Blog editor’s note: “Space hurricanes”? Seriously?
We knew space was a dangerous place, especially for weak signals from GPS and other GNSS, but this sounds like something from a Star Trek episode. Quantum strings, spatial anomalies, space hurricanes.
Well, another thing to add to the list of reasons why important services we get from space need to also be available from the ground.
The space hurricane was detected in the Earth’s upper atmosphere and ‘rained electrons’ over the North Pole for nearly eight hours.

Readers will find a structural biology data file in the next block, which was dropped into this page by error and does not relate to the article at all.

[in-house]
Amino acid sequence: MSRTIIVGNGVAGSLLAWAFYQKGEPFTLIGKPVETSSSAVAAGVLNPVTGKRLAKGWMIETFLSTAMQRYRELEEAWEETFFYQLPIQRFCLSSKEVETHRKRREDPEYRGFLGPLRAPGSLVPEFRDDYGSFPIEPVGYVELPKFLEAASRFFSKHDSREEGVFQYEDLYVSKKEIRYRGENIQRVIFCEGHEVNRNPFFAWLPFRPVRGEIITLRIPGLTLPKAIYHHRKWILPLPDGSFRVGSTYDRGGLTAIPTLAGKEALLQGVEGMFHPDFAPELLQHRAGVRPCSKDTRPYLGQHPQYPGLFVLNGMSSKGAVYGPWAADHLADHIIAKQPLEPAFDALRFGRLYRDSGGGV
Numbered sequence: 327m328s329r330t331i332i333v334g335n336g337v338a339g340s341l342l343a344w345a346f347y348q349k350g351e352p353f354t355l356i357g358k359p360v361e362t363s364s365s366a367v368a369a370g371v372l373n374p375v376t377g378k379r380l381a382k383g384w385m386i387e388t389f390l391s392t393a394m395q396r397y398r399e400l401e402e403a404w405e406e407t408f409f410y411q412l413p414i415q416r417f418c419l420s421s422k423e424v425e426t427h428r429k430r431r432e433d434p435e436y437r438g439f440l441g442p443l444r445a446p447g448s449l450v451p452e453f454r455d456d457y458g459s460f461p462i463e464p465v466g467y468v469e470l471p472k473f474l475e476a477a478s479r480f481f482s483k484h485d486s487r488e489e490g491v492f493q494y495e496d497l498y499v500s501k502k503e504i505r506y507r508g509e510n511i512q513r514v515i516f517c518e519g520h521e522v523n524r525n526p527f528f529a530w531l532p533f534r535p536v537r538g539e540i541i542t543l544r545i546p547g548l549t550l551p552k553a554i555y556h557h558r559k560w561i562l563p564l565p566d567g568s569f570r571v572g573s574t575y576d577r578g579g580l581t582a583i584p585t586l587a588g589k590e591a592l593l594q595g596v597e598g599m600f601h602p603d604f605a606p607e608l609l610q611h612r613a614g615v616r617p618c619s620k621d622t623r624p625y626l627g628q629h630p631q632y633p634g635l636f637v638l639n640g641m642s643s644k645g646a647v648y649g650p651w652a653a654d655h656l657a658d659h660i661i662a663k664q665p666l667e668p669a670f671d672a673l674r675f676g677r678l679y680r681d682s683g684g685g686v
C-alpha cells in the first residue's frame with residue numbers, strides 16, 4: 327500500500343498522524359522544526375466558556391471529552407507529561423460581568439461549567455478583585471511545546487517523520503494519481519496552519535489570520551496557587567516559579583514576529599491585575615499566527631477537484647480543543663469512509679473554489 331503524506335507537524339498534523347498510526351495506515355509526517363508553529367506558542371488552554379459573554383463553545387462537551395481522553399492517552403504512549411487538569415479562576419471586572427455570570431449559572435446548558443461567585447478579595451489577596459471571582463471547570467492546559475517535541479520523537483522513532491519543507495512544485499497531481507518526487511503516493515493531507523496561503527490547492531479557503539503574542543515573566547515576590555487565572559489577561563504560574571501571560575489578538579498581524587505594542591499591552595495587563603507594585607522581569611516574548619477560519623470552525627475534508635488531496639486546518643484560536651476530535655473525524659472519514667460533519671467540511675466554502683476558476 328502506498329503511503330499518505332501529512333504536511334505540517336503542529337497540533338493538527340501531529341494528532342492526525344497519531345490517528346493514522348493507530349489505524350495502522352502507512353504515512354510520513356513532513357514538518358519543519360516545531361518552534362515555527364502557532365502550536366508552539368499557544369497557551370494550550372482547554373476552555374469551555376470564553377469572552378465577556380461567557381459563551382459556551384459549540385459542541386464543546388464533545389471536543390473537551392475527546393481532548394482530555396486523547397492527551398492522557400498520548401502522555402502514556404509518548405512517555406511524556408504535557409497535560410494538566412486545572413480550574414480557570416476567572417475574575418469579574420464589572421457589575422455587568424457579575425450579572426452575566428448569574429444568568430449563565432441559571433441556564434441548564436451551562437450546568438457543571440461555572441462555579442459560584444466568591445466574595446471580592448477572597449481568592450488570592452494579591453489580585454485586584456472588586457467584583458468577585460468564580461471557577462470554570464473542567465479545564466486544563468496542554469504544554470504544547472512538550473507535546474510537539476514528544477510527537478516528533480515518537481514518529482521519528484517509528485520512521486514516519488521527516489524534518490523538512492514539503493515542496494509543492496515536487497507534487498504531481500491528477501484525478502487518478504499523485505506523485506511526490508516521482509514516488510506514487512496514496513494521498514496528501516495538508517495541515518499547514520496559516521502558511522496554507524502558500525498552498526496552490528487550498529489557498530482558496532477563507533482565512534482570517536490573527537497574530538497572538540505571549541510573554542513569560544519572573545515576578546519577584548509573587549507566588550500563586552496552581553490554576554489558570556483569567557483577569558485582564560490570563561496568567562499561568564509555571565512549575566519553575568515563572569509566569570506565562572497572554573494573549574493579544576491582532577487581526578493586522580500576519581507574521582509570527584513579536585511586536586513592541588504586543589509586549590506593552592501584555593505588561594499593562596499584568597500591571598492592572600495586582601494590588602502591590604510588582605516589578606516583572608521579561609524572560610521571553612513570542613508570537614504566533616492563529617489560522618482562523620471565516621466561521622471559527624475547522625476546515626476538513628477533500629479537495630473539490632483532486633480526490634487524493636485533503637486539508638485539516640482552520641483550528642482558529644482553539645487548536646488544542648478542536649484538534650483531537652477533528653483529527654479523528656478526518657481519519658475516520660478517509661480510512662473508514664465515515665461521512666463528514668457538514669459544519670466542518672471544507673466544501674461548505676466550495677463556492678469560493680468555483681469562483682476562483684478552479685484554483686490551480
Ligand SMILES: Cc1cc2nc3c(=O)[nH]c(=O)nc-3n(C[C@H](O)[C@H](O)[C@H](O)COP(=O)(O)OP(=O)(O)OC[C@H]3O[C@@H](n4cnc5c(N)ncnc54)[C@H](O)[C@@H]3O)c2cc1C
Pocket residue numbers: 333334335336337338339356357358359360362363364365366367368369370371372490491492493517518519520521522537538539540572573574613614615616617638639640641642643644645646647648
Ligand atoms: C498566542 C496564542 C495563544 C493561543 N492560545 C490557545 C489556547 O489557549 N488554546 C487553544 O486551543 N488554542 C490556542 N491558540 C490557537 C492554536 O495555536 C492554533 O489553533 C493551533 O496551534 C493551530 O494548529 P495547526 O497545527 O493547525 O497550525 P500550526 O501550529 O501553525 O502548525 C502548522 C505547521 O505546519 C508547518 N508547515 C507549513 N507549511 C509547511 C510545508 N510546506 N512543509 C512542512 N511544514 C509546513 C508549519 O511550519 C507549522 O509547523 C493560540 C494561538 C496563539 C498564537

Scientists say they have confirmed the existence of space hurricanes after analysing a 1,000km-wide swirling mass of plasma spotted hundreds of kilometres above the North Pole.
The space hurricane, observed by satellites in the Earth’s upper atmosphere, was raining electrons instead of water. It spun in an anticlockwise direction and lasted nearly eight hours before breaking down.
These events would be expected to lead to important space weather effects and disruption to GPS systems, scientists found.